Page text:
I don't know if you have felt the same this week, but maybe you've also started to feel a familiar kind of anxiety? I'm not talking of the anxiety of contracting Covid 19, specifically, or an anxiety directly corresponding to whether you are fortunate enough to be able to stay at home or not. But an anxiety that has been generated by a set of dynamics that appear have been (re)employed since Johnson's Sunday evening address to the nation. Amidst a confusion, which almost seems to have been intentional, there are many signifiers leading to 'divide and rule'. There's a weighty sensation upon our lungs. This isn't the virus, but a vague feeling of being dragged, prematurely, back to 'business as usual'; and it seems that it is being channelled by spreading a 'Negative Solidarity', or, when we tell teachers to be 'hero's', a 'back-handed schadenfreude'.
In recent history we seem to find it easy to feel a sense of schadenfreude towards groups of workers like teachers. Whether we individually share these sentiments, or just collectively engage with them through the likes of Tabloid headlines, I think this "it's your time to become 'an hero' now" narrative we see being peddled by The Daily Mail, is an example of a 'back-handed schadenfreude', where becoming an 'hero', risking your life, is a kind of comeuppance. The term 'negative solidarity', roughly explained, is a collective desire not to work together to improve our lot, reduce working hours, etc, but to scapegoat those who seem to be getting an easier ride than the rest of us (which, of course, teacher's are weirdly always said to have).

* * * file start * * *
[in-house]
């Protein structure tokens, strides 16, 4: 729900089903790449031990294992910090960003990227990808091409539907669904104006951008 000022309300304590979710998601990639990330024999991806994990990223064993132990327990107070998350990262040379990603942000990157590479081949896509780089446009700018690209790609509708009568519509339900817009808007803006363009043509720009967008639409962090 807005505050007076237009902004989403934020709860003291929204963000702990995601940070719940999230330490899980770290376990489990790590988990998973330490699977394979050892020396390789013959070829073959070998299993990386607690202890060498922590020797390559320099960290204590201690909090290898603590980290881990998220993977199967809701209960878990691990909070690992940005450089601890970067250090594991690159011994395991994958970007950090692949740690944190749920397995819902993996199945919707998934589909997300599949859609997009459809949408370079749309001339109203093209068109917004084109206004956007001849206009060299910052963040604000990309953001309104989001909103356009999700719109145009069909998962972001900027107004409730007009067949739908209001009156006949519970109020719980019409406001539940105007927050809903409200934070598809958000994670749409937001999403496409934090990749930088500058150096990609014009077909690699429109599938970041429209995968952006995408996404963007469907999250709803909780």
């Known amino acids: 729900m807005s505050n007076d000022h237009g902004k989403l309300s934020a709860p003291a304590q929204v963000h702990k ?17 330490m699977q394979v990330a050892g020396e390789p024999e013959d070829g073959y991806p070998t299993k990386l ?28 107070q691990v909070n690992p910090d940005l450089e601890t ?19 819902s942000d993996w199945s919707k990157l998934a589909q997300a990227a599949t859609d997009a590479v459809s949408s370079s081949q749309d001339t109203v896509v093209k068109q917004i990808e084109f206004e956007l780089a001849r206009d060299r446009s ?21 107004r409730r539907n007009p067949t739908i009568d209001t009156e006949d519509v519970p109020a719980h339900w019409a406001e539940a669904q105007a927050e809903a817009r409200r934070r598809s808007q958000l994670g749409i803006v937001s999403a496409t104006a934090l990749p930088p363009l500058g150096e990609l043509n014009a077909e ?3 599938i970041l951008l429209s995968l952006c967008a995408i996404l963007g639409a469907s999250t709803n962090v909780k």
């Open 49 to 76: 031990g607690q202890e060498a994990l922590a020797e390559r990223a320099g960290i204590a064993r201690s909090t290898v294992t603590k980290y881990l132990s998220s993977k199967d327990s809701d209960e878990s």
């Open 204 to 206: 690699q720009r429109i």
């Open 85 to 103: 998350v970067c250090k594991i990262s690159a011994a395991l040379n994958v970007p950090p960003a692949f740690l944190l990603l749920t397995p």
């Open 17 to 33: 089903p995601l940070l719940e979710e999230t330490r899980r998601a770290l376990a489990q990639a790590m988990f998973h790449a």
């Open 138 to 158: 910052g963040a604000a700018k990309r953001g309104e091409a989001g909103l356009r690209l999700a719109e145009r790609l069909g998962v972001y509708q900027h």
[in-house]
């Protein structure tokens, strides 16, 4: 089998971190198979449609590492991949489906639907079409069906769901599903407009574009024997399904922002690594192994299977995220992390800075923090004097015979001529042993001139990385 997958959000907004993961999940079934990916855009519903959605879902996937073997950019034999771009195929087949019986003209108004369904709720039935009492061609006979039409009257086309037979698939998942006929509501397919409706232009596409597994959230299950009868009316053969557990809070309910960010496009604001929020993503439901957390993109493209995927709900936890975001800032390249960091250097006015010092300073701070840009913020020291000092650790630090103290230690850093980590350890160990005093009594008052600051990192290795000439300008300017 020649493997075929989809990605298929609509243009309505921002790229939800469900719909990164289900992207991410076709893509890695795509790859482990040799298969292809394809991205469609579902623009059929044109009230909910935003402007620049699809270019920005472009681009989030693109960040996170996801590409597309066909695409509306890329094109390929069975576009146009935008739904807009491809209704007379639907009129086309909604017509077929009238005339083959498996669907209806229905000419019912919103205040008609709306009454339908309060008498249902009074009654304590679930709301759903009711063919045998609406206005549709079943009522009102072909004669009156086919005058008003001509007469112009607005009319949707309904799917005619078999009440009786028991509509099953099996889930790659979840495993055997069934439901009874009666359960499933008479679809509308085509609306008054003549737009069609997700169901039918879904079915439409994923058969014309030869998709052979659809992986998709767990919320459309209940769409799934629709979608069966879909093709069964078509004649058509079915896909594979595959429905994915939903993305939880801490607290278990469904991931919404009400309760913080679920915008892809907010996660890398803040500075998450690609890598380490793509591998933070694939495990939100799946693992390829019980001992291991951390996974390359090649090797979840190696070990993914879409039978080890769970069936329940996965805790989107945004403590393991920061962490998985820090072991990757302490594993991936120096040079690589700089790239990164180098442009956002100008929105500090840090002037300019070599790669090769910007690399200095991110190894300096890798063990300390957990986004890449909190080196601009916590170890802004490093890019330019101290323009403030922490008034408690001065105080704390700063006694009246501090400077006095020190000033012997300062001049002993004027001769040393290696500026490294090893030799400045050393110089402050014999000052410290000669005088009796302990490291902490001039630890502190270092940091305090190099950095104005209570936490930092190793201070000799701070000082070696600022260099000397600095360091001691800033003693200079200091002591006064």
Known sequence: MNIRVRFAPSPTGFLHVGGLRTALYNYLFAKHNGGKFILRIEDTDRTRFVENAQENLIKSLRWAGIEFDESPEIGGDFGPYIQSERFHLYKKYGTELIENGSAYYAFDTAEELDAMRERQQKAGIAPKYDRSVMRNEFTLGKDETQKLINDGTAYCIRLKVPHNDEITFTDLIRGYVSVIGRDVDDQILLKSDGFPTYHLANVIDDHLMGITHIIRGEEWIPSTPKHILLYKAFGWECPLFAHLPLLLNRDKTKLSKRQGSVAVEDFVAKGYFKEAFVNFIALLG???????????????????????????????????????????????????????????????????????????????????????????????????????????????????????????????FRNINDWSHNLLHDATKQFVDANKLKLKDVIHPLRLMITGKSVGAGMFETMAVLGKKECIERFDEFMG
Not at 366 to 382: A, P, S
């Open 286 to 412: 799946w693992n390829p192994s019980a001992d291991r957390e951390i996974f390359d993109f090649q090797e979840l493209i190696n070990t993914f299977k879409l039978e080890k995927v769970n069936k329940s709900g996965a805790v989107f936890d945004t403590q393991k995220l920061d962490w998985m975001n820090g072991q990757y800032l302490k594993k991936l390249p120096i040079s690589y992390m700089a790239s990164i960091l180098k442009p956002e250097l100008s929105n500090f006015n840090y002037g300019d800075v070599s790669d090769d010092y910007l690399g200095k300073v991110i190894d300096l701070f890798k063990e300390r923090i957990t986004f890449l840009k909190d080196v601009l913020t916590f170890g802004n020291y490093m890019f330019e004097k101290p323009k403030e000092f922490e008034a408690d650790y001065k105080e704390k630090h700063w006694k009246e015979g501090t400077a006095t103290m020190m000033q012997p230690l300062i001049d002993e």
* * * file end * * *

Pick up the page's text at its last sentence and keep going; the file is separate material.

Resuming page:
Although this post on the blog 'Splintering bone ashes', predates the near total dominance of social media in life for the decade that followed it, it helps us understand 'negative solidarity' in relation to what we'd normally call the 'post-industrial' or 'neoliberal' era:
"More than mere indifference to worker agitations, negative solidarity is an aggressively enraged sense of injustice, committed to the idea that, because I must endure increasingly austere working conditions (wage freezes, loss of benefits, declining pension pot, erasure of job security and increasing precarity) then everyone else must too. Negative solidarity can be seen as a close relation to the kind of ‘lottery thinking’ the underpins the most pernicious variants of the American Dream. In lottery thinking we get a kind of inverted Rawlsian anti-justice- rather than considering the likelihood of achieving material success in an unequal society highly unlikely and therefore preferring a more equal one, instead the psychology of the million-to-one shot prevails. Since I will inevitably be wealthy in the future, this line of thinking runs, I will ensure that the conditions when I become wealthy will be as advantageous to me as possible, even though on a balance of realistic probabilities this course of action will in fact be likely to be entirely against my own interests. More than lottery thinking, which is inherently (if misguidedly) aspirational in nature, negative solidarity is actively and aggressively anti-aspirational, utterly negative in the most childish fashion, and drives a blatant “race-to-the bottom”.